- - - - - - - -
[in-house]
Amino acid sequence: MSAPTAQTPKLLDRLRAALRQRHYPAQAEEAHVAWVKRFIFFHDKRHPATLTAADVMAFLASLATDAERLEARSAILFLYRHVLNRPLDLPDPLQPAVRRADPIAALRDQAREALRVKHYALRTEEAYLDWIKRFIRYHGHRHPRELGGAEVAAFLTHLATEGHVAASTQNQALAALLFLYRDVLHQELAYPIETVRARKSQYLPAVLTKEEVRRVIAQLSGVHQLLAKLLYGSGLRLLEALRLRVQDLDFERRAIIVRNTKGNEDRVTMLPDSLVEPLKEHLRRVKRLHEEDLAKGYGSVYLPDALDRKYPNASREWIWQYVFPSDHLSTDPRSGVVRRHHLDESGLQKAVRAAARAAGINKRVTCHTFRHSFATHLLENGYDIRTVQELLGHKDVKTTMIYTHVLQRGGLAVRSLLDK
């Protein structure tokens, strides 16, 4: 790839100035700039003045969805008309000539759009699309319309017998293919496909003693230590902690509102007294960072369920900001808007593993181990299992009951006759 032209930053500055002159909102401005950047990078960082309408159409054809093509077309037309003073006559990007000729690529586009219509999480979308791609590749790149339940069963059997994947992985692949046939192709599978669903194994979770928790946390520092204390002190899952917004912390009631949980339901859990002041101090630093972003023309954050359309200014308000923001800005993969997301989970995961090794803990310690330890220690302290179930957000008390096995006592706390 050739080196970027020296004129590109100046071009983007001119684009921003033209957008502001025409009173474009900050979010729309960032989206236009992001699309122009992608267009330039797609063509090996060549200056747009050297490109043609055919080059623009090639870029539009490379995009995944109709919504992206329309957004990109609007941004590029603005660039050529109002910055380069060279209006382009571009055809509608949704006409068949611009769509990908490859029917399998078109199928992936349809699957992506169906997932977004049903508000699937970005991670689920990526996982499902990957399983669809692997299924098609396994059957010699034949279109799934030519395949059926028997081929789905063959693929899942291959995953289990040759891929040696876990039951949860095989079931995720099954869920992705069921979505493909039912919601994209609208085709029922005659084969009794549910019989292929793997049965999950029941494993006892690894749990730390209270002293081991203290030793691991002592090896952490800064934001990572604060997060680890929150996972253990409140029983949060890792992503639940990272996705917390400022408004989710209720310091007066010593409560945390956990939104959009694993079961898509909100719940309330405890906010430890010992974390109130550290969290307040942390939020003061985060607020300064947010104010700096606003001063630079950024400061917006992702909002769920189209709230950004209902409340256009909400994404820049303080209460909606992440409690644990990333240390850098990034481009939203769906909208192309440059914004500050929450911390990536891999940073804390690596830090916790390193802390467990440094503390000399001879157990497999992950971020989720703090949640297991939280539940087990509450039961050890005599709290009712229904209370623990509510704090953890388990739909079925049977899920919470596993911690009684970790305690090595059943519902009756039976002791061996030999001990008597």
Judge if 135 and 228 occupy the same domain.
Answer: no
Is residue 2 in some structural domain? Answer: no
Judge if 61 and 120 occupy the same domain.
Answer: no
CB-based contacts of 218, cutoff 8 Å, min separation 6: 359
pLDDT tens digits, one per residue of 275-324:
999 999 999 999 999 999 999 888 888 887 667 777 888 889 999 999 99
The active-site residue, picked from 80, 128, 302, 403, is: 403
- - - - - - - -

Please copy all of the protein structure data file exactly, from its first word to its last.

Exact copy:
[in-house]
Amino acid sequence: MSAPTAQTPKLLDRLRAALRQRHYPAQAEEAHVAWVKRFIFFHDKRHPATLTAADVMAFLASLATDAERLEARSAILFLYRHVLNRPLDLPDPLQPAVRRADPIAALRDQAREALRVKHYALRTEEAYLDWIKRFIRYHGHRHPRELGGAEVAAFLTHLATEGHVAASTQNQALAALLFLYRDVLHQELAYPIETVRARKSQYLPAVLTKEEVRRVIAQLSGVHQLLAKLLYGSGLRLLEALRLRVQDLDFERRAIIVRNTKGNEDRVTMLPDSLVEPLKEHLRRVKRLHEEDLAKGYGSVYLPDALDRKYPNASREWIWQYVFPSDHLSTDPRSGVVRRHHLDESGLQKAVRAAARAAGINKRVTCHTFRHSFATHLLENGYDIRTVQELLGHKDVKTTMIYTHVLQRGGLAVRSLLDK
């Protein structure tokens, strides 16, 4: 790839100035700039003045969805008309000539759009699309319309017998293919496909003693230590902690509102007294960072369920900001808007593993181990299992009951006759 032209930053500055002159909102401005950047990078960082309408159409054809093509077309037309003073006559990007000729690529586009219509999480979308791609590749790149339940069963059997994947992985692949046939192709599978669903194994979770928790946390520092204390002190899952917004912390009631949980339901859990002041101090630093972003023309954050359309200014308000923001800005993969997301989970995961090794803990310690330890220690302290179930957000008390096995006592706390 050739080196970027020296004129590109100046071009983007001119684009921003033209957008502001025409009173474009900050979010729309960032989206236009992001699309122009992608267009330039797609063509090996060549200056747009050297490109043609055919080059623009090639870029539009490379995009995944109709919504992206329309957004990109609007941004590029603005660039050529109002910055380069060279209006382009571009055809509608949704006409068949611009769509990908490859029917399998078109199928992936349809699957992506169906997932977004049903508000699937970005991670689920990526996982499902990957399983669809692997299924098609396994059957010699034949279109799934030519395949059926028997081929789905063959693929899942291959995953289990040759891929040696876990039951949860095989079931995720099954869920992705069921979505493909039912919601994209609208085709029922005659084969009794549910019989292929793997049965999950029941494993006892690894749990730390209270002293081991203290030793691991002592090896952490800064934001990572604060997060680890929150996972253990409140029983949060890792992503639940990272996705917390400022408004989710209720310091007066010593409560945390956990939104959009694993079961898509909100719940309330405890906010430890010992974390109130550290969290307040942390939020003061985060607020300064947010104010700096606003001063630079950024400061917006992702909002769920189209709230950004209902409340256009909400994404820049303080209460909606992440409690644990990333240390850098990034481009939203769906909208192309440059914004500050929450911390990536891999940073804390690596830090916790390193802390467990440094503390000399001879157990497999992950971020989720703090949640297991939280539940087990509450039961050890005599709290009712229904209370623990509510704090953890388990739909079925049977899920919470596993911690009684970790305690090595059943519902009756039976002791061996030999001990008597």
Judge if 135 and 228 occupy the same domain.
Answer: no
Is residue 2 in some structural domain? Answer: no
Judge if 61 and 120 occupy the same domain.
Answer: no
CB-based contacts of 218, cutoff 8 Å, min separation 6: 359
pLDDT tens digits, one per residue of 275-324:
999 999 999 999 999 999 999 888 888 887 667 777 888 889 999 999 99
The active-site residue, picked from 80, 128, 302, 403, is: 403